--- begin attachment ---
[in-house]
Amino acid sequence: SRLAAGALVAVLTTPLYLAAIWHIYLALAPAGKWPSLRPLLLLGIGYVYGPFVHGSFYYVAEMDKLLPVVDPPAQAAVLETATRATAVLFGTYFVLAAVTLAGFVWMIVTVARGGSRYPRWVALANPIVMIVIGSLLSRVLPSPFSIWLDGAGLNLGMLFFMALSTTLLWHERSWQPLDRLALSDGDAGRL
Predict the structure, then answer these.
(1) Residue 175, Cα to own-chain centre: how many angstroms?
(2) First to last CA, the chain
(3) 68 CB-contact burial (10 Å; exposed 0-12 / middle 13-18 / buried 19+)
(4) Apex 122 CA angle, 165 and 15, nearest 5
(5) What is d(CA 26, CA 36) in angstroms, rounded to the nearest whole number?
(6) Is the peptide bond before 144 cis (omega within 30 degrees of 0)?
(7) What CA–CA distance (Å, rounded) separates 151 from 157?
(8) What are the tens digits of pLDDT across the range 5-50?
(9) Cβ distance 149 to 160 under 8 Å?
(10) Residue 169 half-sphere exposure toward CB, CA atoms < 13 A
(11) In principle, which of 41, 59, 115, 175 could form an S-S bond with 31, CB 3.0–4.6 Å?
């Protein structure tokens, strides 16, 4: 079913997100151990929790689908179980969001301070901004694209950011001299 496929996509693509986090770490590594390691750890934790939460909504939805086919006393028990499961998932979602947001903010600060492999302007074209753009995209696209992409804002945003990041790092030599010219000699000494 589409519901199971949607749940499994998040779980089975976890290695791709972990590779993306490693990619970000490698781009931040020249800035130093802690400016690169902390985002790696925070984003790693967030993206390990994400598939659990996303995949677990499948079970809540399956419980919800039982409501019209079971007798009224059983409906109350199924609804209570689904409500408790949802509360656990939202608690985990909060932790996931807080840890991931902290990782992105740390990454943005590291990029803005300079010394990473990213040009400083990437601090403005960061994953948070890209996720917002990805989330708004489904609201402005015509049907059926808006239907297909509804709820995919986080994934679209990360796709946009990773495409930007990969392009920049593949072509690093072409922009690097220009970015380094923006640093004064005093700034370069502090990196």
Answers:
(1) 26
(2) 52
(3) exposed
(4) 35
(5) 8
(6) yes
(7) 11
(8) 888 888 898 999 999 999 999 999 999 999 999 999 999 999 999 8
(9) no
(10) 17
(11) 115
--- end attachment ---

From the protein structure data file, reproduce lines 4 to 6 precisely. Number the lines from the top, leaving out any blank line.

(1) Residue 175, Cα to own-chain centre: how many angstroms?
(2) First to last CA, the chain
(3) 68 CB-contact burial (10 Å; exposed 0-12 / middle 13-18 / buried 19+)